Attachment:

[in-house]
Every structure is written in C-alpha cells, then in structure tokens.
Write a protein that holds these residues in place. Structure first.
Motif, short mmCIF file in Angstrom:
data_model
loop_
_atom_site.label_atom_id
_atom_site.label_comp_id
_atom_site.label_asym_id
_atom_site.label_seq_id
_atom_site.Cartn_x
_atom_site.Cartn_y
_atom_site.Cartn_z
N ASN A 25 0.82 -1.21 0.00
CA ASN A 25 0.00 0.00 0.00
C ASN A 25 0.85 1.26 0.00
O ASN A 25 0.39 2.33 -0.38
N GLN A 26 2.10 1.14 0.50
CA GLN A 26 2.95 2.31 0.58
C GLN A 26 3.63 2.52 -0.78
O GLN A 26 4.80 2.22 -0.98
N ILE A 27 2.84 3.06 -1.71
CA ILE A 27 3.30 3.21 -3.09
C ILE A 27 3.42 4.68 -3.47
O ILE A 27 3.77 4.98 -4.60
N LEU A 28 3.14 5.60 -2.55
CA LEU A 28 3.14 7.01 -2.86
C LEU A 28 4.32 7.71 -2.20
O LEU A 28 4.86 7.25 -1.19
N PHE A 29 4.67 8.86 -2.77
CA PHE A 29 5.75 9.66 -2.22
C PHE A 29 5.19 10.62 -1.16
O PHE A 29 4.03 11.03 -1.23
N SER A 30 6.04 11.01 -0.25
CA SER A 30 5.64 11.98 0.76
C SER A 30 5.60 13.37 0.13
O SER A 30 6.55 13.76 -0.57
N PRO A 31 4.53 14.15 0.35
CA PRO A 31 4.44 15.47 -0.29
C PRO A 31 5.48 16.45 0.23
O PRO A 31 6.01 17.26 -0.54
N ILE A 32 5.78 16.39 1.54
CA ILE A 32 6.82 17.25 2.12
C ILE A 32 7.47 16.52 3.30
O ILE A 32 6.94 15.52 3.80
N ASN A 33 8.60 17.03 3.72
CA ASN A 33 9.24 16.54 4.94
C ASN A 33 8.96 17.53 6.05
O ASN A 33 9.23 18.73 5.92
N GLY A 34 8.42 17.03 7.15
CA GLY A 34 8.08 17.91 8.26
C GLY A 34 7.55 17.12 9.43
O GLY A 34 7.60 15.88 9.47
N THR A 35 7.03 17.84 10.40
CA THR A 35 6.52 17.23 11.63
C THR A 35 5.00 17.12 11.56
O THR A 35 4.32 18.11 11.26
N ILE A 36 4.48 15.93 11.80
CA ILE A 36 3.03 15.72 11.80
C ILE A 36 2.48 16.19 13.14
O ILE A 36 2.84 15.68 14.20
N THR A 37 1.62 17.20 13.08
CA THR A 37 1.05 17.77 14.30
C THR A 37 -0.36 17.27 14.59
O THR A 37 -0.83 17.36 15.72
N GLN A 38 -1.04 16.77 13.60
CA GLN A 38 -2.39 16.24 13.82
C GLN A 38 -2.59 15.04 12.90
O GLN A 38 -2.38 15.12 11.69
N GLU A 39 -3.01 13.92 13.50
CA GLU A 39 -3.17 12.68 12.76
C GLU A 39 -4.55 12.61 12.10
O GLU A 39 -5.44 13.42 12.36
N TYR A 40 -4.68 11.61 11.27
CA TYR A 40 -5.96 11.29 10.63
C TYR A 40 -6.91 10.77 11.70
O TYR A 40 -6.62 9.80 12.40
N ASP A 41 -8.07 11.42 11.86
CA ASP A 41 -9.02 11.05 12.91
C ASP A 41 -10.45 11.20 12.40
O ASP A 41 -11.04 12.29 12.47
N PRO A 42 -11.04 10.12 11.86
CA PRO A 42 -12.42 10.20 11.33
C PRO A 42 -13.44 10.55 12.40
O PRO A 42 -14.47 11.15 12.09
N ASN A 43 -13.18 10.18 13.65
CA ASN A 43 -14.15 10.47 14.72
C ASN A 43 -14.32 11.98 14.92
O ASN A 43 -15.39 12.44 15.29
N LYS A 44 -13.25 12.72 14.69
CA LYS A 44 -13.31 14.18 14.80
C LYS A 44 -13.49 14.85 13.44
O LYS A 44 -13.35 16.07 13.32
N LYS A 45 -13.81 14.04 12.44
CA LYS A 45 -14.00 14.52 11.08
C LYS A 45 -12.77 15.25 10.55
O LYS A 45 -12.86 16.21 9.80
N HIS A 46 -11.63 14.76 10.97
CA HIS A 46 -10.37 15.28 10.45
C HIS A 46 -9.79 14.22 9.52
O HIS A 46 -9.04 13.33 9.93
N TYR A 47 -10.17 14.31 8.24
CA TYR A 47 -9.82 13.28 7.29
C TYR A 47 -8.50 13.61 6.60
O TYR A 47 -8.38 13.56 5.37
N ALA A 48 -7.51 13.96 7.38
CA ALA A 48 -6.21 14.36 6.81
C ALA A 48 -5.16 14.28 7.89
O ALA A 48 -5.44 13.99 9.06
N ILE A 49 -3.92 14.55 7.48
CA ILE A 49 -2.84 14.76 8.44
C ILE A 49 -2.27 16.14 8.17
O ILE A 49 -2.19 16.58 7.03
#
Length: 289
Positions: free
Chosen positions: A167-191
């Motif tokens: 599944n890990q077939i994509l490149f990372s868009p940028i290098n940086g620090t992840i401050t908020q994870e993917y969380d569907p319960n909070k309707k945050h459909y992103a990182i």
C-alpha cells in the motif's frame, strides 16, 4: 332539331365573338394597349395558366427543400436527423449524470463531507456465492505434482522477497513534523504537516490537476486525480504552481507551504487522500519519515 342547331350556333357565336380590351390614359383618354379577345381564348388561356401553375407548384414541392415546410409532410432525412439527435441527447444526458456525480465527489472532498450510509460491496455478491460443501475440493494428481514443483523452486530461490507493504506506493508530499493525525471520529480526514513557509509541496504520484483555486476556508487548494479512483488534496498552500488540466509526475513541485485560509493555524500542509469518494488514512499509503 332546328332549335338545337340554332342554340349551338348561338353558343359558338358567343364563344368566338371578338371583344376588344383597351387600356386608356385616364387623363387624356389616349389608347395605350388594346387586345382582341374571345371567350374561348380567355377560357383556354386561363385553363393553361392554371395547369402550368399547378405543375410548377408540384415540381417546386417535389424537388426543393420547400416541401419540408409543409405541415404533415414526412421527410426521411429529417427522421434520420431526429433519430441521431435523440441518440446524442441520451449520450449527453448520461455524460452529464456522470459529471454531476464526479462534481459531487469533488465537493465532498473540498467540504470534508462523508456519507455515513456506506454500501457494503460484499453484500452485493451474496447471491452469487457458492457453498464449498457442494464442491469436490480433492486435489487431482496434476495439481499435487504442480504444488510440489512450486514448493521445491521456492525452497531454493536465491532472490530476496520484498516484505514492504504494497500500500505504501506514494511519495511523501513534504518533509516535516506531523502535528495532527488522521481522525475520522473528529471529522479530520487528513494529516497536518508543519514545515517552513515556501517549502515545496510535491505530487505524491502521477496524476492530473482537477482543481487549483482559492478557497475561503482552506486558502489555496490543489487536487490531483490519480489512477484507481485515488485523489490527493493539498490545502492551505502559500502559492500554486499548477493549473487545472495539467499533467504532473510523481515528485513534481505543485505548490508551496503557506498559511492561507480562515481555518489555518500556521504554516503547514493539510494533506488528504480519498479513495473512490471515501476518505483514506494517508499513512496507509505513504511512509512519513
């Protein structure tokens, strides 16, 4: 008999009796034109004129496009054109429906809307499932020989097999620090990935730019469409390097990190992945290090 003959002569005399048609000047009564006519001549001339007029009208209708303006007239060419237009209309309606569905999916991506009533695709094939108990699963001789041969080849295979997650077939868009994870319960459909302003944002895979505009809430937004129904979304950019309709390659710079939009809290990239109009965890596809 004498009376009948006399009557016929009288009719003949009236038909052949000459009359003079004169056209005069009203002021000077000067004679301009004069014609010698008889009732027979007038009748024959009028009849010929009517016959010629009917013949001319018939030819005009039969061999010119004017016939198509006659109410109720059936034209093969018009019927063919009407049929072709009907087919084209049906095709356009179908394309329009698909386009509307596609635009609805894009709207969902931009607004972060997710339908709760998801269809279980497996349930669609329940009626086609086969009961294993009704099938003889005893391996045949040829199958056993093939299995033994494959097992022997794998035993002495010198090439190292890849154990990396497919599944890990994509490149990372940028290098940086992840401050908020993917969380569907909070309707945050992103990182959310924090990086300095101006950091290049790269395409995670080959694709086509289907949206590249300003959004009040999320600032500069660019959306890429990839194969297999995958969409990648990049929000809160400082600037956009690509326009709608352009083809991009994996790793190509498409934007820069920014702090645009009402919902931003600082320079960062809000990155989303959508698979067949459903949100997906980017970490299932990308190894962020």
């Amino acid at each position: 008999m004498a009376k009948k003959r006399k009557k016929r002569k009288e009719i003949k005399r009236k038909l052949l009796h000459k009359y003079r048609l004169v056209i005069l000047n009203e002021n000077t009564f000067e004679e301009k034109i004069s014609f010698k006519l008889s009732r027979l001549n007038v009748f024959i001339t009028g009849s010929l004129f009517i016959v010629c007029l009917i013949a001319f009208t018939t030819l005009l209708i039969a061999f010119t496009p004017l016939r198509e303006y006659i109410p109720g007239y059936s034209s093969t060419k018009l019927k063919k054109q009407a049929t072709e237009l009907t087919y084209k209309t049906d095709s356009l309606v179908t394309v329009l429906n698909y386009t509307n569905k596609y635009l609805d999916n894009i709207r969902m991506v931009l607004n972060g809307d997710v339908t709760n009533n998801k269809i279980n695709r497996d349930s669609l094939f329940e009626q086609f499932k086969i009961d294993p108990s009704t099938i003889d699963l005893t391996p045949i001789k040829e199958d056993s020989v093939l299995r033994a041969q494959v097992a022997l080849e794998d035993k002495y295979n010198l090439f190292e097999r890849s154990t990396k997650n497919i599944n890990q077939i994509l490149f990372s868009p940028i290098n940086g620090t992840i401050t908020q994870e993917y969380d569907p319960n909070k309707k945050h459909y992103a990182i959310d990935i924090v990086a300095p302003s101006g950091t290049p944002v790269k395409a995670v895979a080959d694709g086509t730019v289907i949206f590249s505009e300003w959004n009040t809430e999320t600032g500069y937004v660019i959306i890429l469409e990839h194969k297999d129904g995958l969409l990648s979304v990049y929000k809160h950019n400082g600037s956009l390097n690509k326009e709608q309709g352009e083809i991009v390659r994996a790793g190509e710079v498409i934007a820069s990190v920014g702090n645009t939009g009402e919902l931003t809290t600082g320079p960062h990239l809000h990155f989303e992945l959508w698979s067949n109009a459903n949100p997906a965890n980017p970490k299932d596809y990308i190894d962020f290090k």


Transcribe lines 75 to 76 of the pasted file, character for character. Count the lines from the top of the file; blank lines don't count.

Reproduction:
CA TYR A 40 -5.96 11.29 10.63
C TYR A 40 -6.91 10.77 11.70